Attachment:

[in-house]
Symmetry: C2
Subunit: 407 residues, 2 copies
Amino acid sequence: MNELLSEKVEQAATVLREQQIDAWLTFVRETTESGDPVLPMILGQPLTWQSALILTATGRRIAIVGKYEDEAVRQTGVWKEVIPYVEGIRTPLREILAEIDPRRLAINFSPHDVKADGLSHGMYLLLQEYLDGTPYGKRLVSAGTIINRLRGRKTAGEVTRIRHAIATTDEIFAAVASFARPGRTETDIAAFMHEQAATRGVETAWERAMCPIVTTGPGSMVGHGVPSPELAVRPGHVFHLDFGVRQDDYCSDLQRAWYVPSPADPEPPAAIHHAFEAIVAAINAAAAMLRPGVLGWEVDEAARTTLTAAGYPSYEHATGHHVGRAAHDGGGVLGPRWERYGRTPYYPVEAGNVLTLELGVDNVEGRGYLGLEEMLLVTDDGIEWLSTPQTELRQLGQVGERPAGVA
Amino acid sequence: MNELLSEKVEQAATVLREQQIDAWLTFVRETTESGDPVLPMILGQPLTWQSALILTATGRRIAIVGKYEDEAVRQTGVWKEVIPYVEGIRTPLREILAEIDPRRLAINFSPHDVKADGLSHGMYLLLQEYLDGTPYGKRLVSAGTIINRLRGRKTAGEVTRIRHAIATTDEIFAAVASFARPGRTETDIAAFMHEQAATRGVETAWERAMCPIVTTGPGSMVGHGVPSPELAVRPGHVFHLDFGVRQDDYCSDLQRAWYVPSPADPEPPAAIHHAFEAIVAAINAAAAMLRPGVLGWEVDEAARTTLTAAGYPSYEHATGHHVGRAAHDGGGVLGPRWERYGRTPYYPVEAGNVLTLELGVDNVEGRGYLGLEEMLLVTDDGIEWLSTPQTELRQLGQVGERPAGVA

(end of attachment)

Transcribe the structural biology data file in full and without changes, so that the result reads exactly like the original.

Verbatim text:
[in-house]
Symmetry: C2
Subunit: 407 residues, 2 copies
Amino acid sequence: MNELLSEKVEQAATVLREQQIDAWLTFVRETTESGDPVLPMILGQPLTWQSALILTATGRRIAIVGKYEDEAVRQTGVWKEVIPYVEGIRTPLREILAEIDPRRLAINFSPHDVKADGLSHGMYLLLQEYLDGTPYGKRLVSAGTIINRLRGRKTAGEVTRIRHAIATTDEIFAAVASFARPGRTETDIAAFMHEQAATRGVETAWERAMCPIVTTGPGSMVGHGVPSPELAVRPGHVFHLDFGVRQDDYCSDLQRAWYVPSPADPEPPAAIHHAFEAIVAAINAAAAMLRPGVLGWEVDEAARTTLTAAGYPSYEHATGHHVGRAAHDGGGVLGPRWERYGRTPYYPVEAGNVLTLELGVDNVEGRGYLGLEEMLLVTDDGIEWLSTPQTELRQLGQVGERPAGVA
Amino acid sequence: MNELLSEKVEQAATVLREQQIDAWLTFVRETTESGDPVLPMILGQPLTWQSALILTATGRRIAIVGKYEDEAVRQTGVWKEVIPYVEGIRTPLREILAEIDPRRLAINFSPHDVKADGLSHGMYLLLQEYLDGTPYGKRLVSAGTIINRLRGRKTAGEVTRIRHAIATTDEIFAAVASFARPGRTETDIAAFMHEQAATRGVETAWERAMCPIVTTGPGSMVGHGVPSPELAVRPGHVFHLDFGVRQDDYCSDLQRAWYVPSPADPEPPAAIHHAFEAIVAAINAAAAMLRPGVLGWEVDEAARTTLTAAGYPSYEHATGHHVGRAAHDGGGVLGPRWERYGRTPYYPVEAGNVLTLELGVDNVEGRGYLGLEEMLLVTDDGIEWLSTPQTELRQLGQVGERPAGVA